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Int J Bipolar Disord. 2016 Dec;4(1):21. Epub 2016 Oct 12.

Symptom profiles and illness course among Anabaptist and Non-Anabaptist adults with major mood disorders.

Author information

1
Human Genetics Branch, Section on Genetic Basis of Mood and Anxiety Disorders, National Institute of Mental Health Intramural Research Program, National Institutes of Health, New York City, USA. kegill13@gmail.com.
2
Department of Psychology, The Catholic University of America, 620 Michigan Ave NE, Washington, D.C., 20064, USA. kegill13@gmail.com.
3
Human Genetics Branch, Section on Genetic Basis of Mood and Anxiety Disorders, National Institute of Mental Health Intramural Research Program, National Institutes of Health, New York City, USA.
4
Institute of Psychiatric Phenomics and Genomics (IPPG), Medical Center of the University of Munich, Munich, Germany.

Abstract

BACKGROUND:

Anabaptists comprise large and growing Amish and Mennonite populations with a unique genetic heritage and cultural background. Little is known about the symptoms and course of major mood disorders in Anabaptists. Even less is known about the impact of potential moderators on symptom severity and course.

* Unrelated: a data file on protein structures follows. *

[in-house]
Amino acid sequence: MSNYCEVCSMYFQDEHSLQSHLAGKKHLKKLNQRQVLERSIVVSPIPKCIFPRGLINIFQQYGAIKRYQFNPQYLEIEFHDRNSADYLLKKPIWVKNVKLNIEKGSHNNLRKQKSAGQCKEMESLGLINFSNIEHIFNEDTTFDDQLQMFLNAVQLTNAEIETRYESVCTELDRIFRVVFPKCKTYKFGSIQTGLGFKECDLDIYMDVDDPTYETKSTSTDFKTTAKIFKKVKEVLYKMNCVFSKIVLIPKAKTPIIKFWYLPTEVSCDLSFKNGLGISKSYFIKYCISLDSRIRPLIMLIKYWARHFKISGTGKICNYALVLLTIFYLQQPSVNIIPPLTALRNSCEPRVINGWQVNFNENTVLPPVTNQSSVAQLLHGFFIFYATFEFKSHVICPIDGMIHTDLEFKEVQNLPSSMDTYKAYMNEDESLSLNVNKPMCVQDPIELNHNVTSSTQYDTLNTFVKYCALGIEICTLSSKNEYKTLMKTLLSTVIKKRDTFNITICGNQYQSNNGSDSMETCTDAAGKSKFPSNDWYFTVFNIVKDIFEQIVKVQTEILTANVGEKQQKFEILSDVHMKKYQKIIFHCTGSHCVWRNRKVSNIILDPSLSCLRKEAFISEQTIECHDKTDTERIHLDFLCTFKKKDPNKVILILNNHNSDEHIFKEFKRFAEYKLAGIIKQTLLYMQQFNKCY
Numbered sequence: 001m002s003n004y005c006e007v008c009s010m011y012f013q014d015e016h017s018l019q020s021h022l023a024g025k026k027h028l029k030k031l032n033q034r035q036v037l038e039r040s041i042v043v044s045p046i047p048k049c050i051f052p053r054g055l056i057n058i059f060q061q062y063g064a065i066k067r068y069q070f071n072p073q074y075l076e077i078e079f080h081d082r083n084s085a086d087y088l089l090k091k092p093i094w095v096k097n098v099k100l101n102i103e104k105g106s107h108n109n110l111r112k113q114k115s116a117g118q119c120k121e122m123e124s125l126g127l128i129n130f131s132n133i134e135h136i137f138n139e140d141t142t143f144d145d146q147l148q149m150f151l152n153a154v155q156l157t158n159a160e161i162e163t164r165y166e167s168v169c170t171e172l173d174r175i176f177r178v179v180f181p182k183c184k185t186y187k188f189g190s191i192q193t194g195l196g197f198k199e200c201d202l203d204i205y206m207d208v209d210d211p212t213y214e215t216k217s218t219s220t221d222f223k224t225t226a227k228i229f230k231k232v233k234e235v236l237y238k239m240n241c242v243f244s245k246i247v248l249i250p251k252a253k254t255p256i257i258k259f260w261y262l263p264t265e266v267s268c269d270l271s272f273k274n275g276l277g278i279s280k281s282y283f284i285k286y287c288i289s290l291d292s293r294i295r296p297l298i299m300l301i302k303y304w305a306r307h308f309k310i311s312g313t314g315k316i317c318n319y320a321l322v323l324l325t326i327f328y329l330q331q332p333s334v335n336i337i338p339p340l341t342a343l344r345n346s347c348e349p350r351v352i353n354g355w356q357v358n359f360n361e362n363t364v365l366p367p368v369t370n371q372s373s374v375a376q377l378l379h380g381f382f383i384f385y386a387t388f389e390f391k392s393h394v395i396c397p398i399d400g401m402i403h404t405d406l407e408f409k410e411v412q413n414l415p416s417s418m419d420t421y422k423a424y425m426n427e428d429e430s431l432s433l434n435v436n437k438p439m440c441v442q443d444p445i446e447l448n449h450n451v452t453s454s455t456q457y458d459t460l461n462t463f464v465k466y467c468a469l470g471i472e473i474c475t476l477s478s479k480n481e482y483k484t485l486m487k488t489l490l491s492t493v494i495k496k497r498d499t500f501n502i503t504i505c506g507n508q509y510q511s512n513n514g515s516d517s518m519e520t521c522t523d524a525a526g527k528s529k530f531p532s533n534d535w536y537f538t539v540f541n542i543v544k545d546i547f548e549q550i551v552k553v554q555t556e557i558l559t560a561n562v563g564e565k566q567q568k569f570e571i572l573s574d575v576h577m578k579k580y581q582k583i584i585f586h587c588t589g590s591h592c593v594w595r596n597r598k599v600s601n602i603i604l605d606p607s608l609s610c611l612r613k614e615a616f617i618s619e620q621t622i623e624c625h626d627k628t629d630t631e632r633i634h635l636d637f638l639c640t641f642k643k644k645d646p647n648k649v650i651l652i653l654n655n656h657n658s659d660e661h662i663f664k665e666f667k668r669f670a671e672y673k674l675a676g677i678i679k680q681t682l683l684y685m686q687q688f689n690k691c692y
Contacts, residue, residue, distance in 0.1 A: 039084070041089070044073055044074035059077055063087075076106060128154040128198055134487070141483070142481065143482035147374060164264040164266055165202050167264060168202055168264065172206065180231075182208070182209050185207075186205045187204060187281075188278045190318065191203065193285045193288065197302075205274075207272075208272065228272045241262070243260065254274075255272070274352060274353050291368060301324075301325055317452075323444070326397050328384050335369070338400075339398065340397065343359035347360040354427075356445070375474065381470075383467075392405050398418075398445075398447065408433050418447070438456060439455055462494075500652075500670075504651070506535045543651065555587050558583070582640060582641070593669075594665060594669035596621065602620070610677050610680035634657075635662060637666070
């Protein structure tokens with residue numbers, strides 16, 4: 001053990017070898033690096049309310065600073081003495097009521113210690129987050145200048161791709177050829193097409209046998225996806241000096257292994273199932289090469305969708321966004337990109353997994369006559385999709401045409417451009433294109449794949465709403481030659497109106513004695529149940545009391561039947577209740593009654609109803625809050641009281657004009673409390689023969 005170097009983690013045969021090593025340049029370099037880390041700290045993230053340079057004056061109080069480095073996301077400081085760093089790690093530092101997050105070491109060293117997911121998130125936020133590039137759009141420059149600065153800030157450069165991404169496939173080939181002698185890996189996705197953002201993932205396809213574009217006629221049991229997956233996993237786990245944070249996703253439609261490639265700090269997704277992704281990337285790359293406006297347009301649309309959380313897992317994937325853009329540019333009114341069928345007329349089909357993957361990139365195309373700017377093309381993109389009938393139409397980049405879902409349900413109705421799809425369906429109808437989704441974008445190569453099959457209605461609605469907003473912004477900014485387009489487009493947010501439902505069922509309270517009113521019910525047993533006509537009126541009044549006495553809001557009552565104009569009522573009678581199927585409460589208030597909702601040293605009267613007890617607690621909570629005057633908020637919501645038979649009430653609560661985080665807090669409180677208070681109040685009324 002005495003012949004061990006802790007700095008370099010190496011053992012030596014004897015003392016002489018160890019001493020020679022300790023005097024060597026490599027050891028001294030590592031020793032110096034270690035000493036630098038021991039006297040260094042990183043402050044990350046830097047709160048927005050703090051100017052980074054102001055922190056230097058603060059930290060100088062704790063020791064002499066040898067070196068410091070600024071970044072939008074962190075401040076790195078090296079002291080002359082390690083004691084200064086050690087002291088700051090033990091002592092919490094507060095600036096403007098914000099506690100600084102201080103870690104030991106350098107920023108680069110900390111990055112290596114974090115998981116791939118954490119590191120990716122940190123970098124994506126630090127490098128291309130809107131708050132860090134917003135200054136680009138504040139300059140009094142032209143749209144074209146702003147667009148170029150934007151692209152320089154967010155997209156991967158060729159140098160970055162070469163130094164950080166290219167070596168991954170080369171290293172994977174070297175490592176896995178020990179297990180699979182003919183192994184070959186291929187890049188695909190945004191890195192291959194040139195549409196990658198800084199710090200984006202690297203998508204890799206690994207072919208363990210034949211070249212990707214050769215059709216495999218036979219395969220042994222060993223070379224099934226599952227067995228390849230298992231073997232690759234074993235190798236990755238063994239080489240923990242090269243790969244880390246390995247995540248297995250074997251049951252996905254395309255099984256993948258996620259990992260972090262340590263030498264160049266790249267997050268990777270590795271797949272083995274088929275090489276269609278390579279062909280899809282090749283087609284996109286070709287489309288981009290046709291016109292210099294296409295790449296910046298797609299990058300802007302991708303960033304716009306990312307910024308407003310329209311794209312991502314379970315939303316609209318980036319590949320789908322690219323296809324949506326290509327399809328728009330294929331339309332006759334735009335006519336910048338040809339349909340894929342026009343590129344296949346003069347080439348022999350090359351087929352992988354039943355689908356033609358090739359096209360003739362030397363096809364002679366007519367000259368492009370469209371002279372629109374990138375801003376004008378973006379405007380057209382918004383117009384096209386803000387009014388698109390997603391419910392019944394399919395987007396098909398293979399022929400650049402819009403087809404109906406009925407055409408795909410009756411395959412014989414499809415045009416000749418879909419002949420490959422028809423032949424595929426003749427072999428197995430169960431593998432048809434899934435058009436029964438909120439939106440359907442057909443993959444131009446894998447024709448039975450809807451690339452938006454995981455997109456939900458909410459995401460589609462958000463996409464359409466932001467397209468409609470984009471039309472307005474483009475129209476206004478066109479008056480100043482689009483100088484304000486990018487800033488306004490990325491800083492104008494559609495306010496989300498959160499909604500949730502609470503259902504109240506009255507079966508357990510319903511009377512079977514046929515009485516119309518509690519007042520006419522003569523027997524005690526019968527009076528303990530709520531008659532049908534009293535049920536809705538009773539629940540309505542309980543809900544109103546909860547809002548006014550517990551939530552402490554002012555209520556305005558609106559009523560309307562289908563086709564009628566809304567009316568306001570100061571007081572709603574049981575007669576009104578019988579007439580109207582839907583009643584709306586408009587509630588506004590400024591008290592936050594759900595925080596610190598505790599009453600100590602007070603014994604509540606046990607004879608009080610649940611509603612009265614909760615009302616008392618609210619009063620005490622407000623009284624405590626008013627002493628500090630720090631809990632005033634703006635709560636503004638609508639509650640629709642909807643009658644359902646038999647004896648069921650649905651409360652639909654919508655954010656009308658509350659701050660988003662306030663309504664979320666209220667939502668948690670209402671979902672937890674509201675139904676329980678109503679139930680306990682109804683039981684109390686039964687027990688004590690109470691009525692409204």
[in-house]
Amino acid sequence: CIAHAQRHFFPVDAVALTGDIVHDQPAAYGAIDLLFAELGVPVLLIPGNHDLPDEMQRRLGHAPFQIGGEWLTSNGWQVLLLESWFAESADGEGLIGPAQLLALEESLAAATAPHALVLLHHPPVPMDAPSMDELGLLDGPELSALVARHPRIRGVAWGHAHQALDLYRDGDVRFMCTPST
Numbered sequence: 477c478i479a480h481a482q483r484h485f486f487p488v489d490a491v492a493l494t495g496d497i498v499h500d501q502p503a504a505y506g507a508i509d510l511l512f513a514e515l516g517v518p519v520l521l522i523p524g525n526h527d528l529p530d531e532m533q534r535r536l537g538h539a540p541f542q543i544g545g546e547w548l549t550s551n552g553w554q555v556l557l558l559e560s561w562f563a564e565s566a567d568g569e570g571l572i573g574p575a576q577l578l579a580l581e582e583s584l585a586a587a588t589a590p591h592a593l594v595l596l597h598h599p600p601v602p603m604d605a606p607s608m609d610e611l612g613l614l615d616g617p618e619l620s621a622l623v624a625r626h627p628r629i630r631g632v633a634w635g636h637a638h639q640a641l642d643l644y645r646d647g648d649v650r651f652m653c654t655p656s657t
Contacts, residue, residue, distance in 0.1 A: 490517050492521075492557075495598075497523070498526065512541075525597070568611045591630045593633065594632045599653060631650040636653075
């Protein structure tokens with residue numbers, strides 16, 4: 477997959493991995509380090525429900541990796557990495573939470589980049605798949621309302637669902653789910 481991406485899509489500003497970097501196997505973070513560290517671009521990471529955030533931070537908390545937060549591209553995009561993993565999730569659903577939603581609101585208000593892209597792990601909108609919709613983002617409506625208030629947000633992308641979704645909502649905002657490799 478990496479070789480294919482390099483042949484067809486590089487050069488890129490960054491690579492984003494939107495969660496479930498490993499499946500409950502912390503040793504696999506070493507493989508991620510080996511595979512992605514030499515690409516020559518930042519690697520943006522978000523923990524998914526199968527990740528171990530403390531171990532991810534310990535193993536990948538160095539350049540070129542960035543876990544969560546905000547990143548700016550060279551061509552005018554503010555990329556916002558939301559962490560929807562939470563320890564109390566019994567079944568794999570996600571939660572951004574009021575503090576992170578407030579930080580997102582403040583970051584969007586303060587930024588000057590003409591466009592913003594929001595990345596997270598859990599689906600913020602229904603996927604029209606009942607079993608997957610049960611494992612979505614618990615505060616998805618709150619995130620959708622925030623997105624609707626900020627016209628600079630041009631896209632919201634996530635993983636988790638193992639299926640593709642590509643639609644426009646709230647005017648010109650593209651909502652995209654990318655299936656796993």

METHODS:

A sample of Amish and Mennonite participants with bipolar, recurrent unipolar, or schizoaffective bipolar disorder (n = 155) were systematically evaluated with a well-validated instrument. Cases were compared with non-Anabaptist participants (n = 155) matched for age, sex, and psychiatric diagnosis and evaluated by the same methods.

RESULTS:

Despite substantial cultural differences, the profile of manic and depressive symptoms during illness episodes did not significantly differ between the two groups. Alcohol use disorder (AUD) was significantly less frequent among Anabaptists, and was associated with more major depressive episodes and more hospitalizations for major depression in Anabaptist, but not non-Anabaptist participants. Lifetime history of head injury showed a trend toward association with more episodes of major depression in both Anabaptist and non-Anabaptist groups that did not withstand multiple test correction.

CONCLUSIONS:

The presentation of a highly heritable psychiatric illness such as bipolar disorder does not differ in cases drawn from genetically unique Anabaptist populations. However, alcohol comorbidity, head injury, and their effects on illness course suggest some differences that deserve further investigation.

KEYWORDS:

Alcohol; Amish; Bipolar disorder; Concussion; Depression; Head injury; Mania; Mennonite

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